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What might the next Greensboro city council look like?

by Jeff Sykes

Now that the Trudy Wade power play is over with we should all get down to the important business of figuring out just how the legislature’s bullying of Greensboro’s voters will impact the business of local government.

Wade launched her bid to reshape the Greensboro City Council back in January after weeks of speculation in local media circles. Her original bill, SB 36, ultimately was shoved into a house bill related to the Trinity City Council. That bill, HB 263, added at-large representation to Trinity’s council, while Wade’s measure was prefaced on the argument that at-large seats are bad.

But let’s not get caught up in that. It’s been debated ad nauseam for six months and argued about to the detriment of significant other issues the city faces. It’s over now and barring a last-ditch legal challenge that could be decided Wednesday night after a special city council meeting it seems likely that the new districts are here to stay.

So what’s up with the new districts? It’s hard to know where to begin. Geography? Voter statistics? Let’s take them in order.

Districts 1 and 2, which are in traditionally African American sections of the city, are gutted. Current District 1 council member Sharon Hightower, who has worked quite hard on housing and small business development issues in her district, would lose half of the area she represents while absorbing core sections of District 2 to the north. District 1 would lose Warnersville, Glenwood, and residential areas inside the US 29/I-40 corridor. Those areas are split between new Districts 3 and 4.

District 1 absorbs key areas of District 2 under the new plan, including the Yanceyville Street corridor all the way up to Cone Boulevard. The neighborhood cohesion of most of the districts is disrupted in the new plan, but strikingly so in its transformation of traditional representation in East Greensboro.

In its place comes a new District 4 carved mostly from the old District 1. District 4 begins along Tate Street and Friendly Avenue, moving east across Downtown before turning south to pick up Ole Asheboro. The vertically oriented district moves south between Freeman Mill Road and US 29, across I-40 and toward the city’s fringe at I-85.

District 2, having lost much of its inner-city precincts, only picks up one precinct from Zack Matheny’s former District 3. Interestingly, that precinct, G24, is home to a politically active church whose members just sent their pastor to Congress. Current District 2 representative Jamal Fox, a young and extremely popular council member finishing his first term, loses the Revolution Mill redevelopment project from his district, a move that seems to push District 2 to the edge of the city.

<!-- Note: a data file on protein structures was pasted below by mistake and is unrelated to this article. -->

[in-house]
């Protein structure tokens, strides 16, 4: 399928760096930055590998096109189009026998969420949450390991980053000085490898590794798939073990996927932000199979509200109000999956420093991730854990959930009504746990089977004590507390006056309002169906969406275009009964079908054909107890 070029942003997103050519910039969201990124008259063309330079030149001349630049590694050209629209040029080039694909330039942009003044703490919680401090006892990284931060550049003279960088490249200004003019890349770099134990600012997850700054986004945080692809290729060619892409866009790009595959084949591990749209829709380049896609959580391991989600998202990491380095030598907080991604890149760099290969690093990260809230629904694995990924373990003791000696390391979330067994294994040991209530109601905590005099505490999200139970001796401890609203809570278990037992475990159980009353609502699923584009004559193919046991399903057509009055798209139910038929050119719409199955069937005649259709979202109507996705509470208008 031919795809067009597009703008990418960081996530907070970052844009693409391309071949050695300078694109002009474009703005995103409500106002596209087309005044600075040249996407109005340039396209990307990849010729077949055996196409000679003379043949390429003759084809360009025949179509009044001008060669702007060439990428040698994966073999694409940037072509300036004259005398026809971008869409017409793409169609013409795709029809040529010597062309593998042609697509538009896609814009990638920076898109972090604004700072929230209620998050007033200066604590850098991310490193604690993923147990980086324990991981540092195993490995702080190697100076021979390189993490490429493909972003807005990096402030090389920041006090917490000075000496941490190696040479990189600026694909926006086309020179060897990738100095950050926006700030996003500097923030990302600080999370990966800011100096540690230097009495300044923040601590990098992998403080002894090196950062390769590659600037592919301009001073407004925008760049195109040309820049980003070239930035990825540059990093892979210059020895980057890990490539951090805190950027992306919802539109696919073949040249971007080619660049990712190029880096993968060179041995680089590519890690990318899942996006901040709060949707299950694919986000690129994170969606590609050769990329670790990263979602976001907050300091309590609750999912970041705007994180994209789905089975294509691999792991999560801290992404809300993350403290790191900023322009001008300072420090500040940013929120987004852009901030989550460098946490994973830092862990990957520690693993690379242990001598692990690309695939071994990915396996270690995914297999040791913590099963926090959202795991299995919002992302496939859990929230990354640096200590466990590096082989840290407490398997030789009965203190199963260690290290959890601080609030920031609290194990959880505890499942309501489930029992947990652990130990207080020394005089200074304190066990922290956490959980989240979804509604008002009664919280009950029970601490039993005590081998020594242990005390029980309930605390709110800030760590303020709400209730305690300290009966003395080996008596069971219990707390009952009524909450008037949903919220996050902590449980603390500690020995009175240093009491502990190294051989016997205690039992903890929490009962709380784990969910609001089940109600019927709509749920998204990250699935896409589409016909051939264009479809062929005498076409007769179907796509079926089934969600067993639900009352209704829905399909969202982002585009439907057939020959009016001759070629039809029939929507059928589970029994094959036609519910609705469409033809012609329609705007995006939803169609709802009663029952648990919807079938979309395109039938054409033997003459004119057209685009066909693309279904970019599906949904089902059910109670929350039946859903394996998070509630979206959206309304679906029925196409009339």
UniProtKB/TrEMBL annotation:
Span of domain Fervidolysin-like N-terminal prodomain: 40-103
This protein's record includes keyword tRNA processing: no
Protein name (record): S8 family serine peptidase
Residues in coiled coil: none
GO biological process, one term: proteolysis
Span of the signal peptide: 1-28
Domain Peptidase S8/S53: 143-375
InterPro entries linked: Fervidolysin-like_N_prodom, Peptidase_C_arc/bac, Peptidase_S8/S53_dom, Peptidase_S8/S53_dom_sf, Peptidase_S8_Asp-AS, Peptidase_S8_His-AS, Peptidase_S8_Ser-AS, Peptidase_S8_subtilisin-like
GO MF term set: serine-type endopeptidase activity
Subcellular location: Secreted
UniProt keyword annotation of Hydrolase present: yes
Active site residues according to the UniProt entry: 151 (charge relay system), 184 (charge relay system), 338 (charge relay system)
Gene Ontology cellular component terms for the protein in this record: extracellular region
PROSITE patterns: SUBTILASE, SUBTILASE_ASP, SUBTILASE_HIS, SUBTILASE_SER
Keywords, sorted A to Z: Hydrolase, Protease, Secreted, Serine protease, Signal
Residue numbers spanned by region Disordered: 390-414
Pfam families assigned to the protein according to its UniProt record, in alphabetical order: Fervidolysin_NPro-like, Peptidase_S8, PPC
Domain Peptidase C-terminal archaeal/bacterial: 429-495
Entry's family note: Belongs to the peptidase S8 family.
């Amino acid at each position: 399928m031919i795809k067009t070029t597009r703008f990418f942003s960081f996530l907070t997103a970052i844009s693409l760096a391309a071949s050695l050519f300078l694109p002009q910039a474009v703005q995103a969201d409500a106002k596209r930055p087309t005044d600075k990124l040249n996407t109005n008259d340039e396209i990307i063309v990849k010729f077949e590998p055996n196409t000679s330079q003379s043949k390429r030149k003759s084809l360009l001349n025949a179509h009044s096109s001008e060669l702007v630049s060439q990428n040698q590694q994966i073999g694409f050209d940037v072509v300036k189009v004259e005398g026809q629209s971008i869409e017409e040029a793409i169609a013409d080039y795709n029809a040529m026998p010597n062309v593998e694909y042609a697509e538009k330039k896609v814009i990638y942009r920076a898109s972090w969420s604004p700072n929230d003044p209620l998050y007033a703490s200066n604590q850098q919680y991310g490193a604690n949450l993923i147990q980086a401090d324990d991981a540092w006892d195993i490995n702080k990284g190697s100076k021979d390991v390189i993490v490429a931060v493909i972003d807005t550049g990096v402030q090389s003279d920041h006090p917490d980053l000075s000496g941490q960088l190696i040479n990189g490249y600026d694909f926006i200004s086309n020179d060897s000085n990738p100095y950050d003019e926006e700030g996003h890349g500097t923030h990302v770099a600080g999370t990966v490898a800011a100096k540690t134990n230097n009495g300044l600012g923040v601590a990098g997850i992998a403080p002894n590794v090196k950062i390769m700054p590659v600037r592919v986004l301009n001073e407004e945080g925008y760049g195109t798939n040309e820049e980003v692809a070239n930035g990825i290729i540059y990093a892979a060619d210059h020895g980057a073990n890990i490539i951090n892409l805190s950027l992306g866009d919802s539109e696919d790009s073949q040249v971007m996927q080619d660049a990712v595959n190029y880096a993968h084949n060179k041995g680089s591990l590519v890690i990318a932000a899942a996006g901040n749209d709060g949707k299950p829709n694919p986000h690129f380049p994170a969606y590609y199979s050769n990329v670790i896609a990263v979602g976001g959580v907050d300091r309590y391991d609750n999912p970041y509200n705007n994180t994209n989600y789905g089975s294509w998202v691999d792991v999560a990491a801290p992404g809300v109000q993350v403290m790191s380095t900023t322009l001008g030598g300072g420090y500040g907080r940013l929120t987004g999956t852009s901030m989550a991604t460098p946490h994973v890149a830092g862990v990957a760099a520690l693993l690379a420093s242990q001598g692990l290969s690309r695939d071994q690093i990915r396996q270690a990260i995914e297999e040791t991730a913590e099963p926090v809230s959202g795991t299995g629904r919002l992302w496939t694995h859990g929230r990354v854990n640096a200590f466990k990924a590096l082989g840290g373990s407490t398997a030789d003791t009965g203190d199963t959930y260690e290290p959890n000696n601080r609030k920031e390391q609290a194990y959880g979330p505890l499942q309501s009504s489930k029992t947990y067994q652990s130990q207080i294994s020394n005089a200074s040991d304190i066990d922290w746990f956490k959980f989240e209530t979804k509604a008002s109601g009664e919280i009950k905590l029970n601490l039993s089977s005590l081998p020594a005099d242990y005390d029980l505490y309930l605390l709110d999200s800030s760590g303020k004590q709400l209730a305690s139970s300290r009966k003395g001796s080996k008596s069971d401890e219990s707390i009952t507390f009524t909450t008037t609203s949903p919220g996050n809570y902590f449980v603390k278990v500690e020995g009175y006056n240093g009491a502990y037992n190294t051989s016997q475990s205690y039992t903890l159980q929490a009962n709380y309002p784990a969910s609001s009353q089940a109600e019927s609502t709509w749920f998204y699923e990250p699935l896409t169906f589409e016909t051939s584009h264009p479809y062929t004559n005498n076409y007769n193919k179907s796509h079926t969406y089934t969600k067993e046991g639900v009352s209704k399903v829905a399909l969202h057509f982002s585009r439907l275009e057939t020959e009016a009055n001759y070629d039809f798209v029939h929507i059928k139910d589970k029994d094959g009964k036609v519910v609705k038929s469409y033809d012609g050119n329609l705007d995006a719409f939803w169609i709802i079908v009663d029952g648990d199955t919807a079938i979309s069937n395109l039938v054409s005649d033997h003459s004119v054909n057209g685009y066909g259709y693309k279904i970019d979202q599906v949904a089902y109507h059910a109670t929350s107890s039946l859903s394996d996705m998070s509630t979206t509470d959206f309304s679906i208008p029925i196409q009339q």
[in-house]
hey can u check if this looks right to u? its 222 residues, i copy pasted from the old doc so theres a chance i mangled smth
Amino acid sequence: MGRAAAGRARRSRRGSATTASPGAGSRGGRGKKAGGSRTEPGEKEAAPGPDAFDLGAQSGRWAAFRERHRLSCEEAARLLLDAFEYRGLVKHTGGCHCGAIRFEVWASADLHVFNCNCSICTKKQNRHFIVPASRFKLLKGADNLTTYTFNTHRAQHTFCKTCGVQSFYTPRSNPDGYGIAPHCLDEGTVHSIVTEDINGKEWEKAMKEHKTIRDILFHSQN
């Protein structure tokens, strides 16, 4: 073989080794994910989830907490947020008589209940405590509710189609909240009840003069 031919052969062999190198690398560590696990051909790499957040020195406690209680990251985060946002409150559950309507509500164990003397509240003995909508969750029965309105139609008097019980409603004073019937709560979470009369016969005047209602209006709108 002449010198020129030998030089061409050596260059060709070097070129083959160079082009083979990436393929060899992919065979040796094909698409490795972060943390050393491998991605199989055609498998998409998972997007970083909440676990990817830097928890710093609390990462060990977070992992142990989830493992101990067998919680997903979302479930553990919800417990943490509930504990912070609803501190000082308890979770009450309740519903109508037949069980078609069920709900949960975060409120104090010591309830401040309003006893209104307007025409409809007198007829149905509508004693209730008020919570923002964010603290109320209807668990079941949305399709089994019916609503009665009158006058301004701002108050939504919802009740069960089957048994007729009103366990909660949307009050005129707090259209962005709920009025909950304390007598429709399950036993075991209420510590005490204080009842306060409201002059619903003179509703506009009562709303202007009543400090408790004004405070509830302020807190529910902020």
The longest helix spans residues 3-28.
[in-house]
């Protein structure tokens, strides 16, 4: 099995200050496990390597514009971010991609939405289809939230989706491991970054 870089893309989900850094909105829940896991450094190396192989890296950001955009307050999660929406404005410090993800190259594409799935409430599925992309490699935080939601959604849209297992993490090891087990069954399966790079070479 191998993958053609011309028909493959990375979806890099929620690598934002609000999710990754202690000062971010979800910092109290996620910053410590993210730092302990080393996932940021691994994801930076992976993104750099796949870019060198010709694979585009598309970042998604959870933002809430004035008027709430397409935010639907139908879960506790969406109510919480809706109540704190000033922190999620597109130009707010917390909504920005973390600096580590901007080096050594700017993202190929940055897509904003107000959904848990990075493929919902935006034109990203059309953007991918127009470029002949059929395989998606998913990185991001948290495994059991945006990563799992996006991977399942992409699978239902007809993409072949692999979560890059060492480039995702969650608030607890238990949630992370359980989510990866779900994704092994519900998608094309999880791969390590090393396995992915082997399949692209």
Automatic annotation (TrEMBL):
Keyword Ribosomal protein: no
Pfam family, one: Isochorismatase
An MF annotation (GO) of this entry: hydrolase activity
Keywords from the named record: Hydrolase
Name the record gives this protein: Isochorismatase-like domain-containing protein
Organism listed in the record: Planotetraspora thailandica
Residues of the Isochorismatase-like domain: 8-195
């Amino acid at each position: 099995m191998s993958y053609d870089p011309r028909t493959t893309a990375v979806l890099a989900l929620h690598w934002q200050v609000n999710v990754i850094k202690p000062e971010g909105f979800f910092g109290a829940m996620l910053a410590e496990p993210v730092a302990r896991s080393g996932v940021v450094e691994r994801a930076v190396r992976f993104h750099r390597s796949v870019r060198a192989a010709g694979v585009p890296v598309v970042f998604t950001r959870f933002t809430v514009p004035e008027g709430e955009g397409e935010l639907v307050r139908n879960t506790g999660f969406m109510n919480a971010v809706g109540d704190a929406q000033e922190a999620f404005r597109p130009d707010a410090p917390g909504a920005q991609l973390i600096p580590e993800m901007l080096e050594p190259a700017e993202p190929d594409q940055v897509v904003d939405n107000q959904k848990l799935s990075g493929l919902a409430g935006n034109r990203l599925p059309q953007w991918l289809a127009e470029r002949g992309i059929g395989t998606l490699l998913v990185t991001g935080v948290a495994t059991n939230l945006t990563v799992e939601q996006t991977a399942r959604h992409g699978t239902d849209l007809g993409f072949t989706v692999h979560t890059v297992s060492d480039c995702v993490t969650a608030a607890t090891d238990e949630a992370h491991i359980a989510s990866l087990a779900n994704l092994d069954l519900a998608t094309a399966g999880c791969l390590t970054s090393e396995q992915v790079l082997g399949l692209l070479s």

Things aren’t much more cohesive on the west side, where three large and logically shaped districts are replaced with five. Districts 3, 6, and 8 extend from the city center, while District 5 and 7 consist of outlying suburbs.

When the bill was passed last week, many current council members were scrambling to figure out where they’d been bunked by the geographers in Raleigh. Newly appointed District 3 representative Justin Outling was double bunked with Hightower in District 1. Fox and current Mayor Pro-Temp Yvonne Johnson were bunked in District 2. At-large member Mike Barber will have to run in District 3 against current council member Nancy Hoffman. Tony Wilkins in District 5 and at-large member Marikay Abuzuaiter find themselves all alone, with Abuzuaiter having to run in the new District 8 to continue on council.

Voter statistics provided by the state legislature shed a bit of light on what the new council might look like in terms of race and political affiliation. Under the old system, black voters generally elected two district representatives, had sway over one of the at-large seats, and were a highly sought after voting block in the mayoral contest. In this analysis we will look at the voting age population statistics provided by the legislature.

Districts 1, 2, and 4 will most likely elect an African American council member, given past voting trends. District 2 consists of 61 percent African American voters, while Districts 1 and 4 exceed 70 percent. Some confusion exists about District 6, since its total black population outpaces white by 40 percent to 38 percent. The voting age stats, however, flip that, with 43 percent white voters compared to 39 percent black. The difference is about 1,000 more white voters in the district.

Districts 7 and 8 are more than 80 percent white, while District 3 is 73 percent. District 5 is a mere 63 percent white, with 10,000 more white voters than black.

Greensboro’s elections are non-partisan, but most campaign experts understand that voters trend toward party affiliation in municipal elections. Democrats outnumber Republicans in the city by a margin of 56 percent to 23 percent, with a growing 21 percent of voters unaffiliated. Republicans have held two district seats in recent years, in Districts 3 and 5. Republican voters exceed 30 percent in the new Districts 5, 7, and 8, with 27 percent in District 3. It’s possible to envision Republican-affiliated candidates winning 5, 7, and 8, with an outside shot at Hoffman in her new District 3.

It’s early yet to tell exactly who will be the power broker in this brave new world of Greensboro politics. But now that the lines are drawn, it will be one hell of a ride covering this fall’s elections. !

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